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The Satanism Scare (Social Institutions and Social Change) [Hardcover]

David G. Bromley , Joel Best , James T. Richardson
4.0 out of 5 stars  See all reviews (1 customer review)

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Book Description

December 31, 1991 0202303780 978-0202303789

Although there is growing concern over Satanism as a threat to American life, the topic has received surprisingly little serious attention. Recognizing this, the editors of this volume have selected papers from a wide variety of disciplines, broadly covering contemporary aspects of Satanism from the vantage points of studies in folklore, cults, religion, deviance, rock music, rumor, and the mass media.

All contributors are skeptical of claims that a large, powerful satanic conspiracy can be substantiated. Their research focuses instead on claims about Satanism and on the question of whose interests are served by such claims. Several papers consider the impact of anti-Satanism campaigns on public opinion, law enforcement and civil litigation, child protection services, and other sectors of American society.

The constructionist perspective adopted by the editors does not deny the existence of some activities by “real” Satanists, and two papers describe the workins of satanic groups. Whatever the basis of the claims examined and analyzed, there is growing evidence that belief in the satanic menace will have real social consequences in the years ahead.

Editorial Reviews


“During the 1980s, media sensationalism and the rhetoric of fundamentalist preachers ushered in a new threat to the US - satanism. This collection examines the satanism scare as an emergent social problem grounded in extant belief systems but constructed through social action. The volume is well organized and provides an excellent, comprehensive, and readable treatment of the topic . . . Collectively, the articles in this volume make an important contribution to this approach to social problems as well as offering interesting insights into such topics as deviance, collective behavior, and the mass media. Upper-division undergraduates and above.”

J. Lynxwiler, Choice

The Satanism Scare is an important look at one of the most telling and least understood excitements of our time. A wise and compelling book.”

—Kai Erikson, Yale University

The Satanism Scare is a rare multidisciplinary look into a currently popular folk belief of growing cultural and social significance. Folklorists, anthropologists, sociologists, criminologists, an attorney, and a journalist all contribute their unique perspectives in this outstanding effort to understand the most recent manifestation of the traditional Euro-American witch-hunt. The broad interdisciplinary range of investigators covers a variety of data and research strategies. . . . [A] very useful compilation.”

—Linda J. Jencson, The Journal of American Folklore

“Let’s not mince words here. This book represents a facile and exemplary use of the social constructionist perspective. The editors have done an outstanding job of gathering a set of contributions to their volume, with a very high level of scholarship evidenced. . . . The Satanism Scare is an excellent book for use in upper-level classes in crime, deviance, religion, and social movements. It should also be required reading for cult cops and mental health workers. Come to think of it, it’s a good read for just about anyone interested in critical thinking.”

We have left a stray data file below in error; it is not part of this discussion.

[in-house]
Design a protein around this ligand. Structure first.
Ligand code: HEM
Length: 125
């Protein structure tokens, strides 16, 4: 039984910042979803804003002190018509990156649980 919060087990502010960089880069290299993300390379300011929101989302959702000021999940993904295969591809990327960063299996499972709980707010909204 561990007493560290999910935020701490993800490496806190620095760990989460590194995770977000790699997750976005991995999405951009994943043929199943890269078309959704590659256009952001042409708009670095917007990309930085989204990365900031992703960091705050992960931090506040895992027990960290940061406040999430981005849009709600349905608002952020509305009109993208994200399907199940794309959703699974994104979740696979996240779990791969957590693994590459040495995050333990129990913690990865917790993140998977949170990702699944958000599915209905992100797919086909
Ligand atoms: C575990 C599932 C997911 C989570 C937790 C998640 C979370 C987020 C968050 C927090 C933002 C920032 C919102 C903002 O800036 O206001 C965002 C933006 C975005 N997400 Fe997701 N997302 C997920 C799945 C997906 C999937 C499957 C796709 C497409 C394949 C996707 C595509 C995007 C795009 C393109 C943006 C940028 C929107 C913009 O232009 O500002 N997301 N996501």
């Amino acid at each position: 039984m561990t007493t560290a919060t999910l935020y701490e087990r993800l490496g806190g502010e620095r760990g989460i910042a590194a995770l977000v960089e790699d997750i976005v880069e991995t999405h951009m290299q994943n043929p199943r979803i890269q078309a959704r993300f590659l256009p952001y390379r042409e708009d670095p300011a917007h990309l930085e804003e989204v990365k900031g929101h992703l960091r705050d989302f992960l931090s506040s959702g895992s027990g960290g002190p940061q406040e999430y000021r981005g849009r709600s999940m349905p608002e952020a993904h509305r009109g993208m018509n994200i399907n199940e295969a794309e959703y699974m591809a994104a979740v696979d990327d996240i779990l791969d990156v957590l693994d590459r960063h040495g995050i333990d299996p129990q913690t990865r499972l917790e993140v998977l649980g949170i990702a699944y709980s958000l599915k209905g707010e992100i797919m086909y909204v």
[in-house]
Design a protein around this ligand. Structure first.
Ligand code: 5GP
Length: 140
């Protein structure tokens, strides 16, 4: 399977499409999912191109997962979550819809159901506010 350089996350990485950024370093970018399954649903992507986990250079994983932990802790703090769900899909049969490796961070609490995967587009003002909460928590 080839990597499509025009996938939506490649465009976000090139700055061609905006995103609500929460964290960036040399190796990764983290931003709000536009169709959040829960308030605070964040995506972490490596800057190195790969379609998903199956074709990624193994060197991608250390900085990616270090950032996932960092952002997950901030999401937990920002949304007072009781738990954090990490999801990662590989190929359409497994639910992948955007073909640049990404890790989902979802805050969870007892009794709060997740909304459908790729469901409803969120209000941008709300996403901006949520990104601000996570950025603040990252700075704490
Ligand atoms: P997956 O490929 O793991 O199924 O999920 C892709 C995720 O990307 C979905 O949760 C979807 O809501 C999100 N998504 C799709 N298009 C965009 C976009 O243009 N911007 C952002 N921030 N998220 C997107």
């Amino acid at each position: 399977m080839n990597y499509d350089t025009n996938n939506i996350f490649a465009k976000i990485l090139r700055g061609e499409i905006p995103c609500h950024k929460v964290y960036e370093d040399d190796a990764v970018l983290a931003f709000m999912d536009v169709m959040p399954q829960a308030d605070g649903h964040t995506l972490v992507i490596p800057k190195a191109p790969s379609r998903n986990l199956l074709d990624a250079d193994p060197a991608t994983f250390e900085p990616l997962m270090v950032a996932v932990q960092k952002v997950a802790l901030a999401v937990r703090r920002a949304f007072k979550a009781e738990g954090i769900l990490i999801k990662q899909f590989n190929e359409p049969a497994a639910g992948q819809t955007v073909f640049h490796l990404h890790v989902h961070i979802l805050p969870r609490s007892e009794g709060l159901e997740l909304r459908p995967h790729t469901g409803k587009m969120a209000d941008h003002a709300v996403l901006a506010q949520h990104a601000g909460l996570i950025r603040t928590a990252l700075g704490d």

—Raymond A. Eve, Social Forces

About the Author

David G. Bromley is Professor of Sociology in the Department of Sociology and Anthropology and Senior Project Director in the Survey Research Laboratory at Virginia Commonwealth University.

Joel E. Best is professor at the department of sociology and criminal justice, University of Delaware. He is the author of numerous books, including Flavor of the Month: Why Smart People Fall for Fads; Deviance: Career of a Concept; and Random Violence: How We Talk about New Crimes and New Victims.

James T. Richardson is Professor of Sociology and Judicial Studies at the University of Nevada, Reno, where he directs the Master of Judicial Studies Degree Program. He does research in sociology of religion (on new religions or “cults”) and social psychology of law. He has co-authored several books, along with many articles in professional journals.

Product Details

  • Series: Social Institutions and Social Change
  • Hardcover: 320 pages
  • Publisher: Aldine Transaction (December 31, 1991)
  • Language: English
  • ISBN-10: 0202303780
  • ISBN-13: 978-0202303789
  • Product Dimensions: 1 x 6.2 x 9.1 inches
  • Shipping Weight: 1.4 pounds (View shipping rates and policies)
  • Average Customer Review: 4.0 out of 5 stars  See all reviews (1 customer review)
  • Amazon Best Sellers Rank: #4,702,409 in Books (See Top 100 in Books)

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20 of 24 people found the following review helpful
4.0 out of 5 stars Seriously about satanism April 27, 2000
By A Customer
The "Satanism Scare" is a modest and serious approach to satanism. I live in Norway and during the 90`s there has been a series of church burnings, linked to "satanists" or Black-metallers. During that period the press become in a state of moral panic. So much for the history. Even in Norway where satanism has been a big issue, there is hard to get a good book about the phenomena. But The Satanism scare is exactly that. And maybe if people read this book, the newspapers didn`t have to use this stupied headlines containing "child offering" and so on. All in all an enligthening book about something that scears people, with a modest approch, from sociologists, folklorists antrophlogists and other academics.
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